Today, the Human Rights Campaign (HRC), the nation’s largest lesbian, gay, bisexual, transgender, and queer (LGBTQ) civil rights organization, issued a statement in response to reports that Attorney General Jeff Sessions is taking credit for directing a Department of Justice lawyer to help prosecute a hate crime case in Iowa.
Sarah Warbelow, HRC Legal Director said:
“One week after Jeff Sessions changed DOJ policy by refusing to protect transgender people under Title VII and launched a sweeping license to discriminate against LGBTQ people, he’s seeking credit for prosecuting a hate crime? We believe Americans deserve an Attorney General willing to address systemic discrimination and enforce policies and laws that prevent hate violence in the first place.”
One week ago, at the direction of Jeff Sessions, the Department of Justice (DOJ) rescinded a memo issued by the Obama Administration and replaced it with a discriminatory memo arguing that anti-discrimination protections under Title VII do not apply to transgender people. DOJ instructed all U.S. attorneys to adopt this dangerous position in all pending and future matters. The very next day, Sessions launched a sweeping “license to discriminate” that puts millions of LGBTQ Americans at risk of discrimination.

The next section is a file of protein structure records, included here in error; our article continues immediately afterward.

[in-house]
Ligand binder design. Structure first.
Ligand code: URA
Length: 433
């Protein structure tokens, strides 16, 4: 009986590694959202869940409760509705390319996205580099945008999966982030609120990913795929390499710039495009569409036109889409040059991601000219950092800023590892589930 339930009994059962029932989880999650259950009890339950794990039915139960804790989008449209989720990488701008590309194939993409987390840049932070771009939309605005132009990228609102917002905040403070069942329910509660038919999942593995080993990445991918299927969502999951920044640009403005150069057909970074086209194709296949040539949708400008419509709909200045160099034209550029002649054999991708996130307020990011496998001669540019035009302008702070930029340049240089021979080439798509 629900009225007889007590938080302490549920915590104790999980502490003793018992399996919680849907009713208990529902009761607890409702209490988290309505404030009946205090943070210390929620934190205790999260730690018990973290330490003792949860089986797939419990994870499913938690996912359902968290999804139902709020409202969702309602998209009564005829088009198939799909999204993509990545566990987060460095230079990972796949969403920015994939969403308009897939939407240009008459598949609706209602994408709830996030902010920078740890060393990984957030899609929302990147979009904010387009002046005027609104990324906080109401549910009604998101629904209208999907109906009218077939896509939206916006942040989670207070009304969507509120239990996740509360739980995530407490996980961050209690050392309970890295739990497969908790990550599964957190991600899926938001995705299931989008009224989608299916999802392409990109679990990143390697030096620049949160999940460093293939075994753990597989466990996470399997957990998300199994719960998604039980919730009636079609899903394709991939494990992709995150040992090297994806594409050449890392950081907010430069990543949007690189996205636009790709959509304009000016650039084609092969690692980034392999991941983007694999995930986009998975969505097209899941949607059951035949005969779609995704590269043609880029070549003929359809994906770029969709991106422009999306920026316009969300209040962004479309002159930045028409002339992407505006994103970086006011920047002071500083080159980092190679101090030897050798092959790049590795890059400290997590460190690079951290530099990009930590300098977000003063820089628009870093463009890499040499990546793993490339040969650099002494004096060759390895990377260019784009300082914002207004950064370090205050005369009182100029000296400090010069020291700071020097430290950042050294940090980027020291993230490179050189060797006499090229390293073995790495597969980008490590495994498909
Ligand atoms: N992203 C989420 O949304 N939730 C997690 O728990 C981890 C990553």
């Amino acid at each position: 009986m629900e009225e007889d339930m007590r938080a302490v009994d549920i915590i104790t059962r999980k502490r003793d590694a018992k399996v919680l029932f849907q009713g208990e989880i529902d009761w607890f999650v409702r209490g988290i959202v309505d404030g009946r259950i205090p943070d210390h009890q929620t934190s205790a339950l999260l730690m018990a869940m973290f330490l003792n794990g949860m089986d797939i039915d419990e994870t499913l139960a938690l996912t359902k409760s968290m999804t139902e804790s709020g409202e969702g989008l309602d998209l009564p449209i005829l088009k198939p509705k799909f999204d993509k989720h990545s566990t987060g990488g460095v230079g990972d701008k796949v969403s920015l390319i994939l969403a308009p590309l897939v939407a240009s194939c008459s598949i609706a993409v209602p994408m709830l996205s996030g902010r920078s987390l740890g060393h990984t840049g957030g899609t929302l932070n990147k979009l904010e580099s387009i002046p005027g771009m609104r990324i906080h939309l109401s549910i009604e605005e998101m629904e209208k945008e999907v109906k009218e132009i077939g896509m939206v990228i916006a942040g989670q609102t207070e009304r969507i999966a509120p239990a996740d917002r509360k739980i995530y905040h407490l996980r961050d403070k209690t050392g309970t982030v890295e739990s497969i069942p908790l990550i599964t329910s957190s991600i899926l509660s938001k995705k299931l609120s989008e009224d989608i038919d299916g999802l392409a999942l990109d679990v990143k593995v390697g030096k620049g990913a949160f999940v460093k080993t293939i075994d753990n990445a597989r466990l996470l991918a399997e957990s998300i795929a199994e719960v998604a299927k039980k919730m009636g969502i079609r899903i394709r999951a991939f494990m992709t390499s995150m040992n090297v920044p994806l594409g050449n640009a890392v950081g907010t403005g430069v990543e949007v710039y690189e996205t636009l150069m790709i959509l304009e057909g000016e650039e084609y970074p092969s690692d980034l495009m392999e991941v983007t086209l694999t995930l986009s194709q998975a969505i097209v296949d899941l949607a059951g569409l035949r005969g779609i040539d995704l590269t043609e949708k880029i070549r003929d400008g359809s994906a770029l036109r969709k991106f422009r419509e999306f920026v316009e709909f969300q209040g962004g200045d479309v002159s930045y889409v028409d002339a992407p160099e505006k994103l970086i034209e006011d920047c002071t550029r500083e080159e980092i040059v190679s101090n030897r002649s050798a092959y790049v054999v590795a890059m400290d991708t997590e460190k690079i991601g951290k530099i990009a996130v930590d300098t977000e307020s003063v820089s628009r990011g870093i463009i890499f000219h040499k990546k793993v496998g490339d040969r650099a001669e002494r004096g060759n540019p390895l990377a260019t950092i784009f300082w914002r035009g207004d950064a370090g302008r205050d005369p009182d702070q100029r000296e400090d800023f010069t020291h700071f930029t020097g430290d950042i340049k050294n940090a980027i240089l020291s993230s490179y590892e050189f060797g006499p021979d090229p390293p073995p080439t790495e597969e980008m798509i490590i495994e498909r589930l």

A preliminary analysis of the Trump-Pence administration’s license to discriminate indicates that LGBTQ people and women will be at risk in some of the following ways:
- A Social Security Administration employee could refuse to accept or process spousal or survivor benefits paperwork for a surviving same-sex spouse.
- A federal contractor could refuse to provide services to LGBTQ people, including in emergencies, without risk of losing federal contracts.
- Organizations that had previously been prohibited from requiring all of their employees from following the tenets of the organization’s faith could now possibly discriminate against LGBTQ people in the provision of benefits and overall employment status.
- Agencies receiving federal funding, and even their individual staff members, could refuse to provide services to LGBTQ children in crisis, or to place adoptive or foster children with a same-sex couple or transgender couple simply because of who they are.